Some interesting things are happening in the world of Allan Burch Illustration. Namely, busyness. More-so than any other point in my history. I'll post the jobs, soon, and I'll talk about the other pending jobs, once they are secured.
In the meantime, I'm watching with anticipation to see if Amy Winehouse can pull off some Grammy wins. She is laced, liberally, throughout this blog, in reference as well as the christening post. Needless to say, I think quite highly of her music.
In current blogging news, how about this nugget from 2007. In my prior post, I mentioned how my Bruce Springsteen portrait ushered in a "golden age" of my illustration development. That was in the mid-90s. A lot of steady development took place between then and the summer of 2007, but JFK ushered in a new golden-age for me, in a number of ways. Firstly, it was my initial foray into a stylistic experiment with a traditional underpainting + digital "overpainting." Secondly, it was the first of my TIME Magazine self-assigned illustrations. When I have a free day, I will assign myself a TIME cover story. Thirdly, it was the first in a long stretch of voluminous output that continues today. I made the decision to continuously and relentlessly generate new work every week with the end goal to master my "game." Whenever I (or others) learn anything, it mostly comes from sheer repetition -- identifying the patterns, understanding the whys and wheres of these patterns -- inside and out -- and finally, being able to manipulate the patterns and let your voice find you. It sounds much easier than it is, but my credo is keep moving forward. Win or lose, I get closer to my goal, and a new piece of the puzzle emerges. For any budding illustrators out there reading, give that a try. It's a solid recipe.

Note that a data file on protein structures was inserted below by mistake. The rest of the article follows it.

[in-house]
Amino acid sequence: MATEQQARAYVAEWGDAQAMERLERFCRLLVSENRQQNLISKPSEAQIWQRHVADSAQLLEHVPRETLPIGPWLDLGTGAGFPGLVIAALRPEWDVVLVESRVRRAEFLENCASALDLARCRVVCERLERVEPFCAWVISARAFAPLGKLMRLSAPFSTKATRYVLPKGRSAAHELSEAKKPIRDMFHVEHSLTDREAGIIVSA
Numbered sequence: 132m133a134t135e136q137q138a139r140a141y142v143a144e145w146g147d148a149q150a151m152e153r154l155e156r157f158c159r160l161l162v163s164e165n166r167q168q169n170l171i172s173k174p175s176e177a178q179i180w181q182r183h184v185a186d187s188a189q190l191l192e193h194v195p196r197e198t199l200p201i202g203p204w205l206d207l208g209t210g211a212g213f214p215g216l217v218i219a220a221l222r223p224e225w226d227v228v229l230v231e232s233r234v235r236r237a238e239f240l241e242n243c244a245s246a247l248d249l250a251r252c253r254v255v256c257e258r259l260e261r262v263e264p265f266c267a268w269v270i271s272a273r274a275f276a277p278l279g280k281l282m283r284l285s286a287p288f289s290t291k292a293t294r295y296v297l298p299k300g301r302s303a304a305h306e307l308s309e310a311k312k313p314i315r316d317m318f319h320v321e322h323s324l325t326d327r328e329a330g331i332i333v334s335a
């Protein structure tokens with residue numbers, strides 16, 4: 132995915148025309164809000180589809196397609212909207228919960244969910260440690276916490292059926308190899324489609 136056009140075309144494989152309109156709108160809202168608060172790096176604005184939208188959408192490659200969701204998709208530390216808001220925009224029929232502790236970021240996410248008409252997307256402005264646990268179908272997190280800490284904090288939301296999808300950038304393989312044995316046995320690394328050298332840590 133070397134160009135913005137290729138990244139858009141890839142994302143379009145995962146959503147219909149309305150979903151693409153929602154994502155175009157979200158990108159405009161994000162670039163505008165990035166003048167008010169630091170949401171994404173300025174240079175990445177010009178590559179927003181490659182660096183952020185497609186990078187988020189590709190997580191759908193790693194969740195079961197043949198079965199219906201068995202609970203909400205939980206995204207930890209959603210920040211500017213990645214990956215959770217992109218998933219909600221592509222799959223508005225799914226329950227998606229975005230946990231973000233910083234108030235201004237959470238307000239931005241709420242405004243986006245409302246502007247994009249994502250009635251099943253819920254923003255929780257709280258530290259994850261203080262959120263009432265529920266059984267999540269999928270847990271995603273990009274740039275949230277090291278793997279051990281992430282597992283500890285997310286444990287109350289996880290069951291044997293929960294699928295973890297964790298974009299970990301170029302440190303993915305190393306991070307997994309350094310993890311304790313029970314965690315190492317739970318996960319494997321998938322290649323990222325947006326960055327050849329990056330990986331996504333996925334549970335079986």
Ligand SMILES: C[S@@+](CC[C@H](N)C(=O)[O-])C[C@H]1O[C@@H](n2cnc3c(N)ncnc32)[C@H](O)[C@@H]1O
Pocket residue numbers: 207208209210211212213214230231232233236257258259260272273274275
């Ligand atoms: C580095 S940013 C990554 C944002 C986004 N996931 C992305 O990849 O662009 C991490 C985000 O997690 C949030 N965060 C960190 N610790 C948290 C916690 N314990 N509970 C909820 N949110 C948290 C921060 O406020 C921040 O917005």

So, the story of the TIME issue was of JFK, and what we can learn from his time in office. This is a fairly straightforward portrait, but upon completion, something nice emerged -- a sort of golden glowing deity feeling stemming from the colors, the sculptural form and shape of his face, and his youthfulness, coupled with the Kennedy aura. As I tend to do, the palette is 90 percent warm with a touch of cool. In this case the cool can be found in his shirt collar and the subtle green shocks in his hair.
My experimentation with a traditional underpainting combined with a digital overpainting stemmed from my curiosity. Could I get where I wanted to go quicker and easier by introducing Photoshop? So, being somewhat nimble with Photoshop, I thought to give it a try. Many illustrators do this in some form or other -- often times digitally coloring black and white linework. But, I would hazard not too many do it this way.
It's all pixels, right?